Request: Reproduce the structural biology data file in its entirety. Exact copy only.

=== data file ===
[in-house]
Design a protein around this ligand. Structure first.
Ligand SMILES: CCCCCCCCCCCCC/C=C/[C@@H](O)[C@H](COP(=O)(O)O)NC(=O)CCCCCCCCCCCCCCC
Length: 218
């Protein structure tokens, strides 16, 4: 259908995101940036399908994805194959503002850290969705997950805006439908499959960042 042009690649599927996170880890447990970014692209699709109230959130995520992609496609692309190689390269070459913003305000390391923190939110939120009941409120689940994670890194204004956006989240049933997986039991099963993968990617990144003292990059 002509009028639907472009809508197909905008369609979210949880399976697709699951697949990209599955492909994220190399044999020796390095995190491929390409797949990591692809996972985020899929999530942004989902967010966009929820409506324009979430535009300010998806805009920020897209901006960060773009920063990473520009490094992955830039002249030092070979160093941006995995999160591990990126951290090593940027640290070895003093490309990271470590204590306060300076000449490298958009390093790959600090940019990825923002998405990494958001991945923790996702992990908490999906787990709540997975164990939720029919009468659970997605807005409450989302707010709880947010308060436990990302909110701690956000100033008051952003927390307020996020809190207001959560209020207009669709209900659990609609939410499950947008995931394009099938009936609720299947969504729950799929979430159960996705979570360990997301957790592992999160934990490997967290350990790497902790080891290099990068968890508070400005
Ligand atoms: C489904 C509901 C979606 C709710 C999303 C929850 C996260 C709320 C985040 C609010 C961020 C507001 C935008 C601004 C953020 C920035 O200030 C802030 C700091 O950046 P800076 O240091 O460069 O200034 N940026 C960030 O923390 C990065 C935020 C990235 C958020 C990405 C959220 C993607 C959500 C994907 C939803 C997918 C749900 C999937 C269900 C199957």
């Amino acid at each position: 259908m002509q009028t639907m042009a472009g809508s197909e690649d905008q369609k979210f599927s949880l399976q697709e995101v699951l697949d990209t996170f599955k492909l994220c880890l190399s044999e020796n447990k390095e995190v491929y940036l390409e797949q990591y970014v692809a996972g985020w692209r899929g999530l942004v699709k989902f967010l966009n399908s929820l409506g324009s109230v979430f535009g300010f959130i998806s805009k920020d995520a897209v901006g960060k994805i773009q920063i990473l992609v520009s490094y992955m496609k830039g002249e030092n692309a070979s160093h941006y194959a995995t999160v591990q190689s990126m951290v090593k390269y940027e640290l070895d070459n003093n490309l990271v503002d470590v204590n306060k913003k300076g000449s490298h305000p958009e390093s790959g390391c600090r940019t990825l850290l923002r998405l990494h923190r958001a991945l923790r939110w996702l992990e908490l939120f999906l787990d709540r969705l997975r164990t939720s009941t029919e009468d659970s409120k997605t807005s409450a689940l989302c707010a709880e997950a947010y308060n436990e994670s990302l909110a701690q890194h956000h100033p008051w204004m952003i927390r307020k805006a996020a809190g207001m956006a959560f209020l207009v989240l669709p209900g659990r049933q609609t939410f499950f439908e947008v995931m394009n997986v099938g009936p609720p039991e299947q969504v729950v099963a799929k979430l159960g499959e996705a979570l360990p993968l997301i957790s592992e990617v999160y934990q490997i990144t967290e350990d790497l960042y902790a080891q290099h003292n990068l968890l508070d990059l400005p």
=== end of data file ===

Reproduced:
[in-house]
Design a protein around this ligand. Structure first.
Ligand SMILES: CCCCCCCCCCCCC/C=C/[C@@H](O)[C@H](COP(=O)(O)O)NC(=O)CCCCCCCCCCCCCCC
Length: 218
């Protein structure tokens, strides 16, 4: 259908995101940036399908994805194959503002850290969705997950805006439908499959960042 042009690649599927996170880890447990970014692209699709109230959130995520992609496609692309190689390269070459913003305000390391923190939110939120009941409120689940994670890194204004956006989240049933997986039991099963993968990617990144003292990059 002509009028639907472009809508197909905008369609979210949880399976697709699951697949990209599955492909994220190399044999020796390095995190491929390409797949990591692809996972985020899929999530942004989902967010966009929820409506324009979430535009300010998806805009920020897209901006960060773009920063990473520009490094992955830039002249030092070979160093941006995995999160591990990126951290090593940027640290070895003093490309990271470590204590306060300076000449490298958009390093790959600090940019990825923002998405990494958001991945923790996702992990908490999906787990709540997975164990939720029919009468659970997605807005409450989302707010709880947010308060436990990302909110701690956000100033008051952003927390307020996020809190207001959560209020207009669709209900659990609609939410499950947008995931394009099938009936609720299947969504729950799929979430159960996705979570360990997301957790592992999160934990490997967290350990790497902790080891290099990068968890508070400005
Ligand atoms: C489904 C509901 C979606 C709710 C999303 C929850 C996260 C709320 C985040 C609010 C961020 C507001 C935008 C601004 C953020 C920035 O200030 C802030 C700091 O950046 P800076 O240091 O460069 O200034 N940026 C960030 O923390 C990065 C935020 C990235 C958020 C990405 C959220 C993607 C959500 C994907 C939803 C997918 C749900 C999937 C269900 C199957």
């Amino acid at each position: 259908m002509q009028t639907m042009a472009g809508s197909e690649d905008q369609k979210f599927s949880l399976q697709e995101v699951l697949d990209t996170f599955k492909l994220c880890l190399s044999e020796n447990k390095e995190v491929y940036l390409e797949q990591y970014v692809a996972g985020w692209r899929g999530l942004v699709k989902f967010l966009n399908s929820l409506g324009s109230v979430f535009g300010f959130i998806s805009k920020d995520a897209v901006g960060k994805i773009q920063i990473l992609v520009s490094y992955m496609k830039g002249e030092n692309a070979s160093h941006y194959a995995t999160v591990q190689s990126m951290v090593k390269y940027e640290l070895d070459n003093n490309l990271v503002d470590v204590n306060k913003k300076g000449s490298h305000p958009e390093s790959g390391c600090r940019t990825l850290l923002r998405l990494h923190r958001a991945l923790r939110w996702l992990e908490l939120f999906l787990d709540r969705l997975r164990t939720s009941t029919e009468d659970s409120k997605t807005s409450a689940l989302c707010a709880e997950a947010y308060n436990e994670s990302l909110a701690q890194h956000h100033p008051w204004m952003i927390r307020k805006a996020a809190g207001m956006a959560f209020l207009v989240l669709p209900g659990r049933q609609t939410f499950f439908e947008v995931m394009n997986v099938g009936p609720p039991e299947q969504v729950v099963a799929k979430l159960g499959e996705a979570l360990p993968l997301i957790s592992e990617v999160y934990q490997i990144t967290e350990d790497l960042y902790a080891q290099h003292n990068l968890l508070d990059l400005p």